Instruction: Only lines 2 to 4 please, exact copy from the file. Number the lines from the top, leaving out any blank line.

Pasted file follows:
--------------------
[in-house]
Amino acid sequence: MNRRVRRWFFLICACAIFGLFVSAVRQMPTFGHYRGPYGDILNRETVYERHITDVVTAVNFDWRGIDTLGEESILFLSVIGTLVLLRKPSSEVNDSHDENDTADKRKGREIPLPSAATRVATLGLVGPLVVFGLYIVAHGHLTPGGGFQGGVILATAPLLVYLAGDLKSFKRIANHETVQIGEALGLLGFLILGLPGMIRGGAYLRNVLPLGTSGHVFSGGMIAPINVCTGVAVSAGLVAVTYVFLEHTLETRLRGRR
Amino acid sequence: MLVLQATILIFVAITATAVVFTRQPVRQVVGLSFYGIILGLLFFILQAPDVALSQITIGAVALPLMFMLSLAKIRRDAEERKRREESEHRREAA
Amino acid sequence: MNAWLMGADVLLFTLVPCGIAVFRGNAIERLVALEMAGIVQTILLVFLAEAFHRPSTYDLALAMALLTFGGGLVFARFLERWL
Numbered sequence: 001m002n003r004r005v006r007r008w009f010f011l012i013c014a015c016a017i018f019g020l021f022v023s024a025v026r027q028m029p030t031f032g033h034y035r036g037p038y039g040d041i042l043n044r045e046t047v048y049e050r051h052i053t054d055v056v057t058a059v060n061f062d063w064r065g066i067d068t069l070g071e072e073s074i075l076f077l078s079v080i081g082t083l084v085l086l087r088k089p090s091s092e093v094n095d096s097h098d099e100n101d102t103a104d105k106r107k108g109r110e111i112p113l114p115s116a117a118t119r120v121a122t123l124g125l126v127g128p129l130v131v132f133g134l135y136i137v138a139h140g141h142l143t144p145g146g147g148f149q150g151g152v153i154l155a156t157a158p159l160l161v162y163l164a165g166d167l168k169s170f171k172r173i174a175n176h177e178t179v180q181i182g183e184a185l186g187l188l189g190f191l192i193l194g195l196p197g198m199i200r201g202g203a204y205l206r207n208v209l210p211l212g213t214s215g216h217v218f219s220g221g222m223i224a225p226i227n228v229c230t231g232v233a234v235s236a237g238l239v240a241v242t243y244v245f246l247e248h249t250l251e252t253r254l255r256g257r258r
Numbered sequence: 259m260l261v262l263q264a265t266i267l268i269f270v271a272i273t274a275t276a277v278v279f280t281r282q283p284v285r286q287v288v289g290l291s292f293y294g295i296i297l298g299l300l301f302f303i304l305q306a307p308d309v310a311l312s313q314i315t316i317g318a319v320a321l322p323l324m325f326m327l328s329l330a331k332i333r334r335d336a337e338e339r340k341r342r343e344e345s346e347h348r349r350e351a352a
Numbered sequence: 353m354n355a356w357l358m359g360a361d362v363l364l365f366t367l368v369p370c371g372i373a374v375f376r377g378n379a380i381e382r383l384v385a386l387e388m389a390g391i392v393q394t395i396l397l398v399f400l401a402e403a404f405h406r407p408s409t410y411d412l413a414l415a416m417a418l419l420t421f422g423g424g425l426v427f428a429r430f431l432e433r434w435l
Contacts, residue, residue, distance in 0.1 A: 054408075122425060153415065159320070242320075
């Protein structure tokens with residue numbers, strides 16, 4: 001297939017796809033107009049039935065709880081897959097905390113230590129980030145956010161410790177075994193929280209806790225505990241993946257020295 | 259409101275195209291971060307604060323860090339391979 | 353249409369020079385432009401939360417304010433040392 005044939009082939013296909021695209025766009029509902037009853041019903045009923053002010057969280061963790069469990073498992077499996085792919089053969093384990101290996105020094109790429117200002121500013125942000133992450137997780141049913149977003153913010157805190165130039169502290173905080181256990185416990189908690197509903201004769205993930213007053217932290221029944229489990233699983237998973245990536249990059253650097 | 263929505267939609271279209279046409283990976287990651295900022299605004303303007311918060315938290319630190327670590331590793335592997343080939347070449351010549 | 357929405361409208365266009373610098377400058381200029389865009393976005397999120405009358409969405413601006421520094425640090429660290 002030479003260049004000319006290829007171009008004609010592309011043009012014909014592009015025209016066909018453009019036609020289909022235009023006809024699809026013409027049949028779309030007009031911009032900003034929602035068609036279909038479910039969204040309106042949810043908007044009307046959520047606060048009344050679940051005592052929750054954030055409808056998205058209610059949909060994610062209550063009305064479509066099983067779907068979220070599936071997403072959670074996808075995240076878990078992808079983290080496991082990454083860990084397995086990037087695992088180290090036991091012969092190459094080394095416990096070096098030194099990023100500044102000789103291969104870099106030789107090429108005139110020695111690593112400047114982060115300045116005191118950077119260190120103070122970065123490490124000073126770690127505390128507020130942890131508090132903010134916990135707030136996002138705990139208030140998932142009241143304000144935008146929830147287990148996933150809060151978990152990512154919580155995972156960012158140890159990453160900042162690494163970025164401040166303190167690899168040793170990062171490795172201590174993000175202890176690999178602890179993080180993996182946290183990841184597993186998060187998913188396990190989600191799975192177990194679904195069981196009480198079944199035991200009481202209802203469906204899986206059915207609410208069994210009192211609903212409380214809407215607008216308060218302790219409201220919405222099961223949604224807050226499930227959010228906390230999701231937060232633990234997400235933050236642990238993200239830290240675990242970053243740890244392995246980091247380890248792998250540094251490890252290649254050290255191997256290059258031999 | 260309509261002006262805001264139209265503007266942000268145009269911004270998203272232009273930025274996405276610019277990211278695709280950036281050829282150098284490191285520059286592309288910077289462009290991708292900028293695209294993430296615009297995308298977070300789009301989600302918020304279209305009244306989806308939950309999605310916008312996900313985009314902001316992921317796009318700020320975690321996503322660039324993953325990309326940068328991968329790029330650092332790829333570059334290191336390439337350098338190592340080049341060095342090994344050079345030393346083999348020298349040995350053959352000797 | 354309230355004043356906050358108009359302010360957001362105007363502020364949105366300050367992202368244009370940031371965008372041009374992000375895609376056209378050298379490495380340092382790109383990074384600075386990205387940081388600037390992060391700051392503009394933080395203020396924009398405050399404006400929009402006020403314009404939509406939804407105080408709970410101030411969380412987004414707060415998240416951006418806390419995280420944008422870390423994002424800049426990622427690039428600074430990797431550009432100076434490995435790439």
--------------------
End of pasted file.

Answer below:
Amino acid sequence: MNRRVRRWFFLICACAIFGLFVSAVRQMPTFGHYRGPYGDILNRETVYERHITDVVTAVNFDWRGIDTLGEESILFLSVIGTLVLLRKPSSEVNDSHDENDTADKRKGREIPLPSAATRVATLGLVGPLVVFGLYIVAHGHLTPGGGFQGGVILATAPLLVYLAGDLKSFKRIANHETVQIGEALGLLGFLILGLPGMIRGGAYLRNVLPLGTSGHVFSGGMIAPINVCTGVAVSAGLVAVTYVFLEHTLETRLRGRR
Amino acid sequence: MLVLQATILIFVAITATAVVFTRQPVRQVVGLSFYGIILGLLFFILQAPDVALSQITIGAVALPLMFMLSLAKIRRDAEERKRREESEHRREAA
Amino acid sequence: MNAWLMGADVLLFTLVPCGIAVFRGNAIERLVALEMAGIVQTILLVFLAEAFHRPSTYDLALAMALLTFGGGLVFARFLERWL